“You were put on this earth to achieve your greatest self, to live out your purpose, and to do it courageously.”
Iras took a deep breath, tasting the dust kicked up into the air by panicked steps as dozens of servants moved about the palace. The battle of Actium had ended in defeat for Egypt. Marc Antony, royal consort, lay dead at his own hands. Iras knew, as everyone else in the palace did, that they were in the last hour of the Kingdom of Egypt.
The Romans were coming.
The castle was in a constant state of chaos. Slaves, servants, and soldiers readied themselves to flee or fight as they commanded. No one knew which would be decided, and many hoped that neither would. The hallowed halls that once housed Alexander and his generals stank of sweat and terror. All of Egypt held its breath in panic and fear. Iras could not blame them. No one could be expected to maintain civility as their world ended.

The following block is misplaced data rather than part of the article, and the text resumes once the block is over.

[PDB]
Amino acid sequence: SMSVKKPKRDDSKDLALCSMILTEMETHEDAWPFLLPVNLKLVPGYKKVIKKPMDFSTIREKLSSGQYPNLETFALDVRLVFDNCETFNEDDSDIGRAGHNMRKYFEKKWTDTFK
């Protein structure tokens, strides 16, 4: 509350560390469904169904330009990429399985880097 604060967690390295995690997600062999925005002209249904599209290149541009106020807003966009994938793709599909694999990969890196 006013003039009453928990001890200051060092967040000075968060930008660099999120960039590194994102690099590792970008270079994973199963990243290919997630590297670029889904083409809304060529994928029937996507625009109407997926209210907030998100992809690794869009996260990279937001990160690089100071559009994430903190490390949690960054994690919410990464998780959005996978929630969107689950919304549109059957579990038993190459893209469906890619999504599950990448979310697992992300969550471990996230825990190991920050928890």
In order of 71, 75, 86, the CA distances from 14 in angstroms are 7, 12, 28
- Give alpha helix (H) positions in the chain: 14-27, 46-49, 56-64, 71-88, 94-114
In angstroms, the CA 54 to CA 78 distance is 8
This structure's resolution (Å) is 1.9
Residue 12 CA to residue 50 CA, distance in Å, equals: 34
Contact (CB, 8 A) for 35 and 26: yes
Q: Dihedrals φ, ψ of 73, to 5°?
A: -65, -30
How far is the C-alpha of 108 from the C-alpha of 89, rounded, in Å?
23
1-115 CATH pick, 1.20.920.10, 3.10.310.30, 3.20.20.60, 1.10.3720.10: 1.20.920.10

Except its Queen.
Iras was allowed into the royal chambers. She tried to stay calm. It would be unseemly for a handmaiden to be panicked. Any nervousness could have been attributed to the large wicker basket in her arms. It did not do well to appear nervous in front of the Queen.
Cleopatra Philopator, Queen of Egypt, sat calmly on the cushions of her bedchamber. She sat and waited patiently as Iras entered. Cleopatra made her decision. In the end, it was easily made. She hugged her three sons and her daughter, put the guards in their room, spoke to her slaves, and waited. It was the waiting, she found, that was killing her. Though, she supposed, that would pass too.